Efforts to come to terms with the conflicts of the 1990s and achieve genuine reconciliation are progressing extremely slowly in the Western Balkans. Compared to other post-conflict situations – such as the post-WWII period – the record is, frankly, disappointing. At the same time, however, relations among the Western Balkan countries have become considerably more normal on the economic, cultural and societal levels. This also represents an important part of the healing process. Progress towards EU enlargement can not only be a powerful force for promoting this normalization, but also for resolving the political issues that still stand in the way of reconciliation.
Recent years have yielded a number of conciliatory gestures on the part of the leaderships of most Western Balkan countries. The impact of such initiatives remains limited, however, as long as they are not anchored in broad support at the societal level,; and for a number of reasons this support is not present thus far.
First and foremost, not enough time has passed. The memories of injustice and violence are still fresh. Divisive issues persist, such as the more than 12,000 missing persons, in addition to the 420,000 refugees and IDPs who have not returned to their homes. At this late stage, few are likely to return. Nonetheless, their situation needs to be credibly addressed on a regional level.
The outcomes of the Balkan conflicts, unlike those of WWII, were ambiguous. Milosevic was still a star at the Dayton Conference, and even managed to present Resolution 1244 on Kosovo as a Serbian victory. The lack of a clear result, obviously, makes it more difficult to come to terms with the past. The various narratives concerning the conflicts of the 1990s remain highly divisive. Essentially, all parties agree that terrible crimes have been committed. Nevertheless, they tend to see themselves, primarily, as the victims and the others as the perpetrators. This level of mistrust and mutual recrimination remains high.
Additionally, there are still many ethno-nationalist politicians in the region, who thrive on maintaining the old divisions. Genuine reconciliation would undercut their influence, prompting them to resist it as much as they can.
A crucial element of reconciliation is bringing war criminals to justice. While the International Criminal Tribunal for the former Yugoslavia certainly deserves praise for successfully prosecuting war criminals, it is unclear whether it has made any positive contribution to regional reconciliation. The Tribunal has always been perceived as being externally imposed, and never found universal acceptance in the region. One lesson of the past two decades in the Balkans is that local war crimes trials are a better way of fostering reconciliation.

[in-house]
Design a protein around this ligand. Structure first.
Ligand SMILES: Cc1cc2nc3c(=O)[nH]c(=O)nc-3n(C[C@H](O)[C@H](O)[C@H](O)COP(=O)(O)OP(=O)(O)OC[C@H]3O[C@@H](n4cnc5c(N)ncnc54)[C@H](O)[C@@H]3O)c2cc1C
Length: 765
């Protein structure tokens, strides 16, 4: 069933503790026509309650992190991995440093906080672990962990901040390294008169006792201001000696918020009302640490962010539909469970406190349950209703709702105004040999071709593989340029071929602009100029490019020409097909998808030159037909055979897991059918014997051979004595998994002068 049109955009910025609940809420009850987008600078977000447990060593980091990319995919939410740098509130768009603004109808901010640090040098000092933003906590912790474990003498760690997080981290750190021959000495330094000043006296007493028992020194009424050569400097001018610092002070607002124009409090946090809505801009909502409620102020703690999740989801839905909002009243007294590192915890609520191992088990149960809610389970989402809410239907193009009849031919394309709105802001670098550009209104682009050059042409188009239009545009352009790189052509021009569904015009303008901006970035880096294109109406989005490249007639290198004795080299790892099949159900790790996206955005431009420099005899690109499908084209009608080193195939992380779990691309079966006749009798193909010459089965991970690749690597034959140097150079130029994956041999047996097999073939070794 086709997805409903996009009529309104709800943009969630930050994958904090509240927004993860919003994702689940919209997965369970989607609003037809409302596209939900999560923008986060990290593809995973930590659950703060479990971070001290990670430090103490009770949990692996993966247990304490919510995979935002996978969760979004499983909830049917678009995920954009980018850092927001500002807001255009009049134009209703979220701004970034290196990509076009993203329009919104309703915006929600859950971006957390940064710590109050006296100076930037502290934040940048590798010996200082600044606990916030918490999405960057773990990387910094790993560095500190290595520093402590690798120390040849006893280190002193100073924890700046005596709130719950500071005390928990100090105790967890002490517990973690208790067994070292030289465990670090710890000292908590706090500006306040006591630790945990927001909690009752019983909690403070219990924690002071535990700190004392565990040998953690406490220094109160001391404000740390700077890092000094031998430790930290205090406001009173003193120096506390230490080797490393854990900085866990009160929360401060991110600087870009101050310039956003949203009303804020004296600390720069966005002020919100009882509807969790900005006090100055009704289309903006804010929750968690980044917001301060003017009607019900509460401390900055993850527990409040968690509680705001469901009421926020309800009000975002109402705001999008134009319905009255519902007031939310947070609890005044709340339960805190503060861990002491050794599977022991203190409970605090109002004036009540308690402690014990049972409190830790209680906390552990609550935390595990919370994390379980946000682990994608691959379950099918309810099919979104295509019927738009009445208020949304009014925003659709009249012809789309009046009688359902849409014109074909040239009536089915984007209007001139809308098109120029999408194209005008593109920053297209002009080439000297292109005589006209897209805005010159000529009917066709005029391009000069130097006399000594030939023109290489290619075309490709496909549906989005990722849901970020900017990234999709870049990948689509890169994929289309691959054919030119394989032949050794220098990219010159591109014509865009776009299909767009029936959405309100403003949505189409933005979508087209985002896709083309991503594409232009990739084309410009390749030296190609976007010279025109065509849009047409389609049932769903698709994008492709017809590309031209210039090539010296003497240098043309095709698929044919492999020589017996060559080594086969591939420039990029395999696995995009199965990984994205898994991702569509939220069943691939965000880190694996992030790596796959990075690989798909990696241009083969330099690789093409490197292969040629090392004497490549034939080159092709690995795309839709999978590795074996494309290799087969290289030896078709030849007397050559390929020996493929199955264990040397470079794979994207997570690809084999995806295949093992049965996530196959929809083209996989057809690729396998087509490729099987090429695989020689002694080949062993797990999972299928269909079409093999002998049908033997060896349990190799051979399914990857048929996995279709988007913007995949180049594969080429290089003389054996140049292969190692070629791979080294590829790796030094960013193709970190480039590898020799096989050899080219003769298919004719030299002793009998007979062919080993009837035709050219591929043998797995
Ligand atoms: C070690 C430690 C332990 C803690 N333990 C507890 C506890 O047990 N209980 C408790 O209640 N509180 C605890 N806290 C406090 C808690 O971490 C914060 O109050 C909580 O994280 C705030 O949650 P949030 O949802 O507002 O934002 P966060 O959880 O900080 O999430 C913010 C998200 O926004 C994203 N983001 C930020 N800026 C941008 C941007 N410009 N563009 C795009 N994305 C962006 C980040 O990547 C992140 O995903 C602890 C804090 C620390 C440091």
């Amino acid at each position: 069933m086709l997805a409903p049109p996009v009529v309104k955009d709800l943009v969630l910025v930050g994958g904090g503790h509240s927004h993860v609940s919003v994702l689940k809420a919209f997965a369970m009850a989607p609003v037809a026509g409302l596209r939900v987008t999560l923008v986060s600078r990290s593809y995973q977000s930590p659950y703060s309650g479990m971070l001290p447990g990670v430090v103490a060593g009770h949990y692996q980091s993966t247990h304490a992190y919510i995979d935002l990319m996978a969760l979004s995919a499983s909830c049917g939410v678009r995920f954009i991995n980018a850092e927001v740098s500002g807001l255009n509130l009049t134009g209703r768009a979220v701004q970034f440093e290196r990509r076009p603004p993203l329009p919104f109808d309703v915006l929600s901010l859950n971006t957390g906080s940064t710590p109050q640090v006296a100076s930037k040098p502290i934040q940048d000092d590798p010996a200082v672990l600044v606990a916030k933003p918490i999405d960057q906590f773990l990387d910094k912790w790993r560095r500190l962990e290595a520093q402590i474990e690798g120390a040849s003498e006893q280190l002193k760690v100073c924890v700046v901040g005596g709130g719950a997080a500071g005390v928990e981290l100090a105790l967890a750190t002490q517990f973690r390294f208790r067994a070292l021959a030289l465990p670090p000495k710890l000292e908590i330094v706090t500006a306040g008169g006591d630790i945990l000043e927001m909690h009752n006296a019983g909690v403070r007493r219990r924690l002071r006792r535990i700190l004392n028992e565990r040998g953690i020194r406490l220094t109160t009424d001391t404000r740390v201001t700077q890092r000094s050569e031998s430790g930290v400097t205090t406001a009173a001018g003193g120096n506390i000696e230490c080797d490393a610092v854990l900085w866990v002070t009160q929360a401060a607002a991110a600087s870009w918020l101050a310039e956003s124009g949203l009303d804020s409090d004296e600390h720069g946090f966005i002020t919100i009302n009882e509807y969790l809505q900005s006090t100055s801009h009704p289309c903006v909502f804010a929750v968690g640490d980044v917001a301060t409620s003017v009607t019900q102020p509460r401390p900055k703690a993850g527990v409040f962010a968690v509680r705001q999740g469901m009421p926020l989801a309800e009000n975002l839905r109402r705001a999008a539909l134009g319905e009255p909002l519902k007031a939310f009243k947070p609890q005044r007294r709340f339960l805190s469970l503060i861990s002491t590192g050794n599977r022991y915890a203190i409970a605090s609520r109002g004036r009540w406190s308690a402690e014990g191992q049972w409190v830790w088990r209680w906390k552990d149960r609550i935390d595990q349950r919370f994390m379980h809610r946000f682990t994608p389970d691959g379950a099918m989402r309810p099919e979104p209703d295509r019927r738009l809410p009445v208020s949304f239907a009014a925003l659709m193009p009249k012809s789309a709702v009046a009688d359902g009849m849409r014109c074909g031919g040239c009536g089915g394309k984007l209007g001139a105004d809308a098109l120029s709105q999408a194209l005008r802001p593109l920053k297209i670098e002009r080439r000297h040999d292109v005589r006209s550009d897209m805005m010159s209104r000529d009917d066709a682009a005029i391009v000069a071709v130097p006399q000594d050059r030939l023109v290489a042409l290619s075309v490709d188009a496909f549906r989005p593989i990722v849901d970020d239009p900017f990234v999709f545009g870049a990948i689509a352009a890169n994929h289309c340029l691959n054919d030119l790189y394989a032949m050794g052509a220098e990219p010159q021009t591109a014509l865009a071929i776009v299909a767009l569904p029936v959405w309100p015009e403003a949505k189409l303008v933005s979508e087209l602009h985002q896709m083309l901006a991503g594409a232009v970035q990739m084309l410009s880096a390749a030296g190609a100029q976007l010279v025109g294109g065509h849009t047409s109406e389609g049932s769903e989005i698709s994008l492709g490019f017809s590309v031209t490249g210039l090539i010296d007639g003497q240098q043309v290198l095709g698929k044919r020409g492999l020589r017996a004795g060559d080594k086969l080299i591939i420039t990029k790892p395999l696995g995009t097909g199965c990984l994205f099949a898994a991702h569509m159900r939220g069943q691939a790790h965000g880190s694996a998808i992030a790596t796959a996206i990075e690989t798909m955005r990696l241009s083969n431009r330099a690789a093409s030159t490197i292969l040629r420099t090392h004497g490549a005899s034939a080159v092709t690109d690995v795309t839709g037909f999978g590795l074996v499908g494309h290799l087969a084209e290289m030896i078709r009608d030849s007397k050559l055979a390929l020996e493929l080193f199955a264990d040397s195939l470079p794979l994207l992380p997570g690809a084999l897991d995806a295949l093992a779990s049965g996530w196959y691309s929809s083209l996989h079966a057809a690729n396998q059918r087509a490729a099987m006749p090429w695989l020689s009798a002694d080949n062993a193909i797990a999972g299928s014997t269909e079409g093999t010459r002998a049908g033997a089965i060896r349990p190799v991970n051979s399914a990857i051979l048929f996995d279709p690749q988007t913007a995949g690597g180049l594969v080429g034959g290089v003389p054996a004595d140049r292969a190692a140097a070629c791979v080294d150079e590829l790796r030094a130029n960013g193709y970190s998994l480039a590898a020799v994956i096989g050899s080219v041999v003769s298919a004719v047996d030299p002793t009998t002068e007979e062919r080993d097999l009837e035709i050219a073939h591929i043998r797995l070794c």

By far, the most positive part of the story is the progress achieved in terms of economic, societal, and cultural normalization. Economic exchanges between Western Balkan countries have increased significantly. A number of successful businesses have built up a presence throughout the region, sometimes based on brands still known from the Yugoslav period. The long-neglected infrastructure is slowly being reconstructed, facilitating not only commercial relations but also people-to-people contacts. Serbs have returned to the beaches of Croatia, and Belgrade receives many visitors from the entire region. Progress is particularly visible in the area of culture. The Exit festival in Belgrade brings together bands from all over the Western Balkans, and at the Eurovision Song Contest Balkan countries tend to do well as they consistently vote for each other. While all this does not amount to reconciliation, it represents part of a healing process and probably has greater impact than isolated gestures at the top level.
This incremental normalization certainly does not mean, however, that reconciliation can be taken off the agenda. We should not forget that the region experienced horrific inter-ethnic killings in World War II followed by several decades of stability, only to descend again into conflict once the glue of Yugoslav socialism had dissolved.
All this highlights the relevance of EU enlargement to reconciliation; just as the integration project played a key role in forging a new relationship between France and Germany, it can help transform relations in the Western Balkans. The Copenhagen criteria for accession involves a number of elements that are directly relevant to reconciliation: the prosecution of war crimes, respect for minority rights, the return of refugees, the development of neighborly relations and of regional cooperation. As a consequence, progress towards the EU is intrinsically linked with coming to terms with the past and improving relationships with neighbors. The enlargement process is thus a powerful force, both for promoting regional normalization, as well as resolving the political obstacles to reconciliation.
If the peoples of the region are confident that they will eventually join the European mainstream, they have a good chance at settling their differences. If they lose faith in a better future in the EU, they are likely to preserve their grudges and divisions. The recent Kosovo-Serbia agreement is impressive proof of this. Only the prospect of coming closer to the EU convinced the two prime ministers to sit down together, and to overcome their differences. Reconciliation cannot be imposed. It has to have local ownership. That being said, the pulling power of the prospect of EU membership, combined with clever diplomacy, can provide a framework in which such steps are much easier to take. This is why it is so crucial that the EU, despite the current crisis, keeps its promise and shows the determination, and staying power, necessary to bring this process to a successful conclusion.